Worlds without end

Drawing in René Descartes' (1596-1650) Drawing in René Descartes' (1596-1650)
"Treatise of Man" explaining the function of the pineal gland.
According to Descartes, cogito ergo sum: I think therefore I am. But aye, aye, aye, I’m tired of talking about me (i.e. I). Let’s rather talk about thought, without worrying about who is doing the thinking.

Thoughts exist. They don't exist in the material world, but they do exist somewhere. Thoughts are real. Thoughts are.

And what about feelings? Feelings are not the same as thoughts. You can feel happy without thinking of happiness. You can feel happy without thinking about being happy, or about whether the happiness is warranted, or about where the feeling of happiness comes from. Feelings don’t exist in the material world. But they do exist. Feelings are real. Feelings are. It’s unclear whether feelings exist in the same world as thoughts, or in another, non-material world.

Emotions: are they the same as feelings? Are emotions thoughts? Where do emotions exist?

Memories: are they thoughts? Where do memories exist? Memories can be of things in the material world as well as of things in non-material worlds. Memories of dreams, for example, are memories of non-material things that exist in a non-material world. In contrast, the memory of an apple you ate for breakfast is a memory of a material thing that exists in the material world (or at least did exist until you ate it). You remember non-material things such as thoughts and dreams just as easily as you remember material things, such as apples and kings and cabbages, (as the walrus suggests).

Of course, many people (e.g. Daniel Dennett) deny there is a non-material aspect to such things as thought, memories, and consciousness. They say that consciousness, for example, doesn’t exist in its own right, as a first-order phenomenon, but rather is nothing more than electrical impulses in the brain. And it is those electrical impulses that we humans dress up in the unreal glamourous enchantment we label as “consciousness”.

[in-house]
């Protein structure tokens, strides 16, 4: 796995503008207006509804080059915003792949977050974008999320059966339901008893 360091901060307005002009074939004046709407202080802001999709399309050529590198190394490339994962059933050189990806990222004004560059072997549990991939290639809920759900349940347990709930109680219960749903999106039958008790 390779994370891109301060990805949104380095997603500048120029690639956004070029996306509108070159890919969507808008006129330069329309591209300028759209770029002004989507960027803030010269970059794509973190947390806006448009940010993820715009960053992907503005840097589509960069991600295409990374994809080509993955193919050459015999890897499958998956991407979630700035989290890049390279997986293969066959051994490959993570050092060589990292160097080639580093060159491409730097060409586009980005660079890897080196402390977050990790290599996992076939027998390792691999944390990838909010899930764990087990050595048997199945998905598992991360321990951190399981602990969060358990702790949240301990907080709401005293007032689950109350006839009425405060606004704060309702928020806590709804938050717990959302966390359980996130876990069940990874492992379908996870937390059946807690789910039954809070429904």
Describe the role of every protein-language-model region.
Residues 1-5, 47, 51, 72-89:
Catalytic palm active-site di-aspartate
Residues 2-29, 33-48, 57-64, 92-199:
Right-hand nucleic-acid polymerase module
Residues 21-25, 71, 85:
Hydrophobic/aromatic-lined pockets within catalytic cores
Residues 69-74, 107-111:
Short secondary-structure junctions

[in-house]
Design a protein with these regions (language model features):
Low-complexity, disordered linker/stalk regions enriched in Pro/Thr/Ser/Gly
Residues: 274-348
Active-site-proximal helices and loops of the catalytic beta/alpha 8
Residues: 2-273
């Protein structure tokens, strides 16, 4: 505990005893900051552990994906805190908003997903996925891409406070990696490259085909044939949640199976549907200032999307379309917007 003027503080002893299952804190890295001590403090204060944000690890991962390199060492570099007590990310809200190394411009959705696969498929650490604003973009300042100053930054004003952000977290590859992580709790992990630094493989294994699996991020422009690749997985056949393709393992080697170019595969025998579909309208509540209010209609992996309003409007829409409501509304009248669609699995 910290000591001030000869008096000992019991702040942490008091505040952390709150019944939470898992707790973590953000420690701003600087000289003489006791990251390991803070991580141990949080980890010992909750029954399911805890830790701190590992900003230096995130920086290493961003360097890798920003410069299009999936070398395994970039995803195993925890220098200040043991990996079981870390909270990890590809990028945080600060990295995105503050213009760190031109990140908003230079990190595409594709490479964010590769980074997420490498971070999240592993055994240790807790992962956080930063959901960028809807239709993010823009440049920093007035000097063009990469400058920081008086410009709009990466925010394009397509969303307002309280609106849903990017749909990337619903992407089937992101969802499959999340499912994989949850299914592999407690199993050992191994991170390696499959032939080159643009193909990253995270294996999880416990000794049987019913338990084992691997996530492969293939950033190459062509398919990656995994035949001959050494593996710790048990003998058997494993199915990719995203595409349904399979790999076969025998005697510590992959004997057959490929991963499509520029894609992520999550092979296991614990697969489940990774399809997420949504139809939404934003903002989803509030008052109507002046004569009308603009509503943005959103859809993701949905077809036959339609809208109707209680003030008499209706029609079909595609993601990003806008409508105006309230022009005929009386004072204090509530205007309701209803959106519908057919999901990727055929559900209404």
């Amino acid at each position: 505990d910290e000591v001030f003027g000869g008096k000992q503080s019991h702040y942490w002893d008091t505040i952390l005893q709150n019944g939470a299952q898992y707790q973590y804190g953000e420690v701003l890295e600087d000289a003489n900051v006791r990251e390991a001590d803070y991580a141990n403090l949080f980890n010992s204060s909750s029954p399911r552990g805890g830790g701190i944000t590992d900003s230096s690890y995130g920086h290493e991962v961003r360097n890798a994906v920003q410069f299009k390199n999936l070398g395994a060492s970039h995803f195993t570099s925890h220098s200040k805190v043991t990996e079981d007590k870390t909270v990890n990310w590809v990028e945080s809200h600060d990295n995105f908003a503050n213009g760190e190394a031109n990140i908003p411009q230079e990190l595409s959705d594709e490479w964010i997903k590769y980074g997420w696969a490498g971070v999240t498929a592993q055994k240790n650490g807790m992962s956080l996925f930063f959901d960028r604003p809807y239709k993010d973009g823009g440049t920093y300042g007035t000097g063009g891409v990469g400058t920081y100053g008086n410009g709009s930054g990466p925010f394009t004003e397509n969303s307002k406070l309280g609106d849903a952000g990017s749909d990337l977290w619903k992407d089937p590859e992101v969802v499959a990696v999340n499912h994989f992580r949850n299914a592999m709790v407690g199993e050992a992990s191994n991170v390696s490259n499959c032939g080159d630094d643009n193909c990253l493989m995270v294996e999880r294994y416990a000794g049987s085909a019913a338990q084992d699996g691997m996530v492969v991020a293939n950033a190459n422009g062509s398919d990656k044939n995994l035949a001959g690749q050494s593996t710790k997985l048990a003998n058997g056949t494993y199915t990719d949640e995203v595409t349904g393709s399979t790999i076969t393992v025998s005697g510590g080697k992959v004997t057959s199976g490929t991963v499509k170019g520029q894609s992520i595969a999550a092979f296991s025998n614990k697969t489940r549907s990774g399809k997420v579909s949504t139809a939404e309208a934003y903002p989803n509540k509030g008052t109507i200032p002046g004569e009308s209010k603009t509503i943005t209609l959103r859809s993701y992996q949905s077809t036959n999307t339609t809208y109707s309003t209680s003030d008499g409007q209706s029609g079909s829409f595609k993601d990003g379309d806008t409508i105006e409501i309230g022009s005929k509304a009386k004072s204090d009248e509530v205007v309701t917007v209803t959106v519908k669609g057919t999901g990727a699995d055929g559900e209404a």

They even have a word for it: “epiphenomenon”, a “secondary phenomenon that occurs alongside or in parallel to a primary phenomenon”, as Wikipedia puts it. In those terms, thought is “simply” an epiphenomenon — a footprint not a foot, a shadow not the thing that casts the shadow. Well I don’t know. But even if consciousness is “simply” a “mere” epiphenomenon, that doesn’t mean it doesn’t exist. If consciousness is an illusion, it’s a real illusion: There really is such a thing as the illusion of consciousness!

Thoughts, feelings, emotions, memories, consciousness: all of these and more can and do have effects and causes in the material world. And those effects and causes persist over time. A recipe for apple-pie, for instance, can be the (formal) cause of a material apple pie coming into being in the material world. (The baker is the efficient cause). But the recipe is an idea, a thought, a sequence of thoughts. Or, you could term it a formula, an algorithm, a series of relationships. The recipe may be captured in words on paper, or in spoken words, or in pictures and symbols. Whatever a recipe is --- a thought, an idea, an algorithm --- it exists in a non-material world irrespective of the nature of its captivity within a material substrate. Apple pie exists in the material world. A recipe for apple pie exists in a non-material world, though it may be incarnated as words printed in material ink on material paper. But, funnily enough, the words are non-material and are part of language, which likewise is non-material and exists somewhere in a non-material world.

And yes, I realise that some people would call the above “dualistic”. But so what? In fact it's more than dualistic, much more. There are more than just two worlds, two domains: material and non-material. I suspect there is an infinite number of domains.

Or, maybe, just maybe, some of these things I've called non-material exist in one or more of the teeny, tiny compactified dimensions of the string theorist's 11- or 26-dimensional reality

The implications of admitting there is more than one domain, the material domain, are hugely significant. Once you open that door, all sorts of things can rush in. If mind exists in a domain that is separate and different from the material domain, then we must seriously consider the possibility at least of other non-material things, such as soul, to give just one example.

But the many worlds that may exist, according to this post, are not the same as Everett's many worlds in the quantum physics theory of the same name, though there are interesting parallels.


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